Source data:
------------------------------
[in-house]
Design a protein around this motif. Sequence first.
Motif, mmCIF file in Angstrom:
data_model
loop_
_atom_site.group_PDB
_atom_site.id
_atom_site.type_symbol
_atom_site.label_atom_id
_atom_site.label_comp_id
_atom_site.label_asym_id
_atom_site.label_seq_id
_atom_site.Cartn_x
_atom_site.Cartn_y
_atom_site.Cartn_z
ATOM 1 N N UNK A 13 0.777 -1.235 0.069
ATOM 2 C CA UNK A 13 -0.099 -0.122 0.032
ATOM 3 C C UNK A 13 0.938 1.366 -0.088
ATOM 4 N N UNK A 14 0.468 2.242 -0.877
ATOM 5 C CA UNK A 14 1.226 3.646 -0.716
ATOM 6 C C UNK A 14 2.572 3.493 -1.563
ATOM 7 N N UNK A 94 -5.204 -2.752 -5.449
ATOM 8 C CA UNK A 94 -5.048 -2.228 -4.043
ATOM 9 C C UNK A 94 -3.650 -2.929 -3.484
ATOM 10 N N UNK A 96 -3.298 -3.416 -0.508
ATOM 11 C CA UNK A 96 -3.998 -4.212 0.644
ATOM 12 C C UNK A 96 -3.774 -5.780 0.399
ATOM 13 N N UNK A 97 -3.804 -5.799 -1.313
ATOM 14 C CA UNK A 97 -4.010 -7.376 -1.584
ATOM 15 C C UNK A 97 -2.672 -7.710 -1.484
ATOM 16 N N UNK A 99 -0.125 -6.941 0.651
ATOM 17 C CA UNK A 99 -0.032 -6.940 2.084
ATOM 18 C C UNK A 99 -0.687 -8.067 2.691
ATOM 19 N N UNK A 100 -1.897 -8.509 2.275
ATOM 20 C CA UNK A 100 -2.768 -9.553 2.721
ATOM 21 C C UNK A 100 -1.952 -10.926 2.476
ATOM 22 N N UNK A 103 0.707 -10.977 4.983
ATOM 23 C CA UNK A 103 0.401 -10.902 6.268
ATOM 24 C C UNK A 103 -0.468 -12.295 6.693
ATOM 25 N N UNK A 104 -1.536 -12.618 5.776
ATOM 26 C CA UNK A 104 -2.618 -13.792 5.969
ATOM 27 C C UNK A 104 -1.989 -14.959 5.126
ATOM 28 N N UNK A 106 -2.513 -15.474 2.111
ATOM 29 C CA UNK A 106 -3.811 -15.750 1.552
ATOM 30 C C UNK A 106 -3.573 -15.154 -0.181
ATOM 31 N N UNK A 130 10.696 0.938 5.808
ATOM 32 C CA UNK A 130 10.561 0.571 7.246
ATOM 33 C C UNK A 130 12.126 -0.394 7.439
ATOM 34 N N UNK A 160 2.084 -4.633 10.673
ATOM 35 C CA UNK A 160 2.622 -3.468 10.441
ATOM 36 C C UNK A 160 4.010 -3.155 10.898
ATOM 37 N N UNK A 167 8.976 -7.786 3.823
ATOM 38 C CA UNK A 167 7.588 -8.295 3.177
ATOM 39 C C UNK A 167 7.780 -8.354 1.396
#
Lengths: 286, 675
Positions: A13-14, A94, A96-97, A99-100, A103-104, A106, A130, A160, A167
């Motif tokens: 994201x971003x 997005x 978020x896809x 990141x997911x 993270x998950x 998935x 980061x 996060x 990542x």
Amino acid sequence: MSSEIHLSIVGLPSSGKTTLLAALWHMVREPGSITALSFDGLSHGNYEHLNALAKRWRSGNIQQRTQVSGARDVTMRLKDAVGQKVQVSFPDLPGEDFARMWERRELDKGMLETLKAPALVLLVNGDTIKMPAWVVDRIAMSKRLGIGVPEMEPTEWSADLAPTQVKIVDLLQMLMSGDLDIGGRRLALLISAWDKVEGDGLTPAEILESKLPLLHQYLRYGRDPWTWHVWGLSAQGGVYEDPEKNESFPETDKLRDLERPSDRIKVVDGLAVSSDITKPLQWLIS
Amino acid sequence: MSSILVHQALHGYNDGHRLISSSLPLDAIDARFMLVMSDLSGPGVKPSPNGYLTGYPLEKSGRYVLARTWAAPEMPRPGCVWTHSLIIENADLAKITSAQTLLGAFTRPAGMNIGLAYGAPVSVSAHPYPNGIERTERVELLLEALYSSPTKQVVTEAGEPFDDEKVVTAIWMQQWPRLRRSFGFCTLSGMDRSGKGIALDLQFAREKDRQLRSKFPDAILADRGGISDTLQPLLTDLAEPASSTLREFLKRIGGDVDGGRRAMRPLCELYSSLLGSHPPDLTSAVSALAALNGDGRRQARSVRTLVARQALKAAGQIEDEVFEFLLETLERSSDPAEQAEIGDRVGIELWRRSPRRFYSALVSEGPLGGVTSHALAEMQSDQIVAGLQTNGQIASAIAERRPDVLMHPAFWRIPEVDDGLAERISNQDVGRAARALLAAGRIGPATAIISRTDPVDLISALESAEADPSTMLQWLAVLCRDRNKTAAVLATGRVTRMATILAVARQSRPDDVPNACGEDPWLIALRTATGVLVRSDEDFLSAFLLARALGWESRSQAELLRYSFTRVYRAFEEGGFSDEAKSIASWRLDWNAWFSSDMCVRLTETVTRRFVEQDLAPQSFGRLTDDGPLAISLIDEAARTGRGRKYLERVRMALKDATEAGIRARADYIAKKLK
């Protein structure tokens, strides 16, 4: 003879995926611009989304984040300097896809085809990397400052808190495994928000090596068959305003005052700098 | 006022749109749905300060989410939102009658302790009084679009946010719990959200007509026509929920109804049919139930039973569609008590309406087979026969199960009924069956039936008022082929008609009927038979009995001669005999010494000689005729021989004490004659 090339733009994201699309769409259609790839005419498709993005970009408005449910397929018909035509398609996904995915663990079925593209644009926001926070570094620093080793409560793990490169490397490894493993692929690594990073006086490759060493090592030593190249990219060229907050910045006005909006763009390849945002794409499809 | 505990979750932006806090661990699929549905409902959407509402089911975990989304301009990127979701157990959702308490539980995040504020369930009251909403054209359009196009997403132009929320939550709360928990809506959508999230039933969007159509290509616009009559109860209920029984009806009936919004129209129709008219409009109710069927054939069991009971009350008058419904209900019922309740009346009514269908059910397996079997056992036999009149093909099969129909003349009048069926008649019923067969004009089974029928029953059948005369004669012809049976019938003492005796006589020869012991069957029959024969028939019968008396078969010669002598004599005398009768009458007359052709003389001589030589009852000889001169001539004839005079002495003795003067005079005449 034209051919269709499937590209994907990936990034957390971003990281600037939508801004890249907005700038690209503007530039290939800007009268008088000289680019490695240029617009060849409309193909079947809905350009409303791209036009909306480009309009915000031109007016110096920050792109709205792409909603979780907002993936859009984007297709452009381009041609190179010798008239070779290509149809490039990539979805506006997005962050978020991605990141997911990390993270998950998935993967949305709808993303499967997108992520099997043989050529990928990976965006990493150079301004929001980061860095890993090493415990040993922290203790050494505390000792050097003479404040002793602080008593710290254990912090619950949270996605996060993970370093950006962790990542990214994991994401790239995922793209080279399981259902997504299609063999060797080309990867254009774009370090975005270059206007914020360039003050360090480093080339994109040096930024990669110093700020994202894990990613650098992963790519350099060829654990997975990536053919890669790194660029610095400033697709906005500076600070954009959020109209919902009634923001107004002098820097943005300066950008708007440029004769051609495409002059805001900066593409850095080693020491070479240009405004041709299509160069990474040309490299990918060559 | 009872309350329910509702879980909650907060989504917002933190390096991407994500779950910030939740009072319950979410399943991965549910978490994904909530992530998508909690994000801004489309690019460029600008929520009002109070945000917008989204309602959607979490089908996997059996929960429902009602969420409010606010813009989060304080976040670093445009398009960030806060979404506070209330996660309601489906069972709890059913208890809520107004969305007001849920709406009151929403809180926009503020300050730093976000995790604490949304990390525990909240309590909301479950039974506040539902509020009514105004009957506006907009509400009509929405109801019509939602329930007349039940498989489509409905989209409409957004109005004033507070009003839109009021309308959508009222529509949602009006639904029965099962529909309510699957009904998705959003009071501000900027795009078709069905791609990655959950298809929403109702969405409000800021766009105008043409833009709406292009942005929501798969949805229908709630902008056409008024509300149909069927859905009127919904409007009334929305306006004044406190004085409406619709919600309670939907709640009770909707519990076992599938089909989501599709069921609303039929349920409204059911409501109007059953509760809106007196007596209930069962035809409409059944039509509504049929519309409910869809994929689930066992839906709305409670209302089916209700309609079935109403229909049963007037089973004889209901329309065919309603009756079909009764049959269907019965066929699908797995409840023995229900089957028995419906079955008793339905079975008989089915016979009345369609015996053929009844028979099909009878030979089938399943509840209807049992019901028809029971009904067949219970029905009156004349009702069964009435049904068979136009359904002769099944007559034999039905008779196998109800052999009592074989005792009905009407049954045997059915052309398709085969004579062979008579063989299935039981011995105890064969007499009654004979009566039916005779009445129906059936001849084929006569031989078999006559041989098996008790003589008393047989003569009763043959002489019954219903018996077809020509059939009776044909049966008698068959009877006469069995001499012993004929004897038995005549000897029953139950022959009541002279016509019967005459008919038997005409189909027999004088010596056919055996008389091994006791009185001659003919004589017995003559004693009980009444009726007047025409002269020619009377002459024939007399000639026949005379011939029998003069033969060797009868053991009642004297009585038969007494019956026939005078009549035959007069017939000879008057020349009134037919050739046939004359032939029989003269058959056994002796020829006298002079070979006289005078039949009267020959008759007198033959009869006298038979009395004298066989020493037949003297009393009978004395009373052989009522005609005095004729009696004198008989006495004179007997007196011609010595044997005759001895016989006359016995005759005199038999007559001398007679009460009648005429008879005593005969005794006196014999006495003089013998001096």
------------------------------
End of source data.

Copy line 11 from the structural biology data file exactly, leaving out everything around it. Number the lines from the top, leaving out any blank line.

_atom_site.label_asym_id